What, exactly, is Juno about? It’s not about teenage pregnancy—unless that means the subset of pregnant (white) teenage girls whose parents respond to the big news by joking about the potency (or lack thereof) of the father-to-be, or who conveniently give their babies to (rich, white) childless couples. It’s not about abortion, to be sure, despite its “abortion scene”—a parade of stereotypes that hinges on the intervention of a pro-life Asian girl with bad grammar (of course she has bad grammar, silly . . . she’s Asian!). It’s not about motherhood, excepting its contrivance that the arrival of an infant can transform a stiff, cold, deadeningly boring yuppie into a glowing beacon of feminine warmth. And if this movie is supposed to be about love, well, you’d think it would spend more time—or any time, really—developing its ostensible love interest, beyond turning him into a walking visual gag (Track suit. Got it. Yes, I am familiar with The Royal Tenenbaums). No, Juno is really about hype: the packaging of a smug, self-satisfied, faux-edgy, faux-quirky, faux-indie studio film into the cross-over story of the year, complete with its stripper-makes-good, soon-to-be-Oscar-winning screenwriter as star. So what if it makes buckets of money? In ten years, no one will care. You can bet your hamburger phone on it, home skillet. —CW

The Master Says 274

My cinema makes it pretty self-evident that I would rather spend more time with my cinematographer and my art department than with my actors.

Peter Greenaway

Wednesday, January 09, 2008

In The Zone

We shot our second woodshed scene tonight. One of the actors had to be out of here by 9:30. We had 14 shots to do in three hours. No rehearsal. No fiddle- faddling with the lights or the camera. Just go. All I said when we were getting started was, We have a lot of ground to cover. I don't want things to feel rushed. So I'm going to push the tempo and I'm going to ask everyone to stay focused and keep your energy up. And so it went. I was just sitting there and I was out of breath. October and Tara were great. They really kept the energy going and had a good time. It makes my job(s) so much easier when people are having fun.
The plan was to shot the interiors in three hours, release Tara then spend an hour doing exteriors. We did the whole thing in less than three hours. It was great to be in the zone like that.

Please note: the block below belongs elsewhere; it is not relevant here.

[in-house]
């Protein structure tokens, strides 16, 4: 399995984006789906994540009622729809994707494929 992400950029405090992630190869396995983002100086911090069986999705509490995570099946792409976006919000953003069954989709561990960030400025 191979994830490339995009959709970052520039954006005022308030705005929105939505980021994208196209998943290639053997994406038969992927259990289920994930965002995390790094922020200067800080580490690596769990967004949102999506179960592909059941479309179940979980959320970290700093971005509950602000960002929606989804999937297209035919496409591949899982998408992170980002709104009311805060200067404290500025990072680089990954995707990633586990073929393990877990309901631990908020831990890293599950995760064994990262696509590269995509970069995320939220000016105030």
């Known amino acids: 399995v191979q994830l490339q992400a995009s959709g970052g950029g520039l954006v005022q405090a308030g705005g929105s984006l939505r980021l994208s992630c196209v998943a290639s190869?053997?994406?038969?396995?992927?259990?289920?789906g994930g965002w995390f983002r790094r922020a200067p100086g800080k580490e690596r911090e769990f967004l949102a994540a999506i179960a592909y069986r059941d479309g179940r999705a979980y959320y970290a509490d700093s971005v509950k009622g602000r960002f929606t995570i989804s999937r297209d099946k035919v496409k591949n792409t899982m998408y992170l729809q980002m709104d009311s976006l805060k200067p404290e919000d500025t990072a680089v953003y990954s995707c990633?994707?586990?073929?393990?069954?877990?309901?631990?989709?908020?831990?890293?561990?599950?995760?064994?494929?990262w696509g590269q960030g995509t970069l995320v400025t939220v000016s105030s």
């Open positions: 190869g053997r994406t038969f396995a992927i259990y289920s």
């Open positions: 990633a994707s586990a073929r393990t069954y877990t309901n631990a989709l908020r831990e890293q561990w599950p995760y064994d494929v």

I read an article the other day about the glut of independent films and how distribution is becoming more and more impossible. How there needs to be a new model for theatrical distribution. Pretty dismal outlook. I've been thinking about it for a few days. The main conclusion I came to is that filmmakers are going to have to find a way to make compelling films inexpensively so that they can survive when only seen by a niche audience.
After the last couple of exercises I feel like I'm on the right track -- working fast with limited resources. Thinking on my feet and utilizing all that's available, making the most of the actors and locations. All the while coming up with stories that the actors are making better than I imagined. I think it's a turning point in my work. For so long it was such a challenge to get it off the page. What I was directing was never quite as good as I'd imagined it when writing or previsualizing. Now things are consistently better than I imagined. It's magic. I really feel like I'm not doing anything. It's an effortless effort.

¡viva!
Signore Direttore

The Master Says 273

If you want your children to be brilliant tell them fairy tales. If you want them to very brilliant, tell them even more fairy tales.

Albert Einstein

Tuesday, January 08, 2008

The Master Says 272

You are confusing two concepts: answering questions and formulating them correctly. Only the latter is required of an author.

Anton Chekhov

Monday, January 07, 2008

Embracing Editing - Into Action

Today was the day. I had no reason or excuse at the ready not to cut the stuff we shot on Saturday. My idea is to cut some of these exercises to get back in the groove rather than add the pressure of my hopes for the success of other projects to the already daunting practice of editing. The weird thing is that when I started filmmaking, editing was one of the things I most readily embraced. I don't know why I I disconnected from it.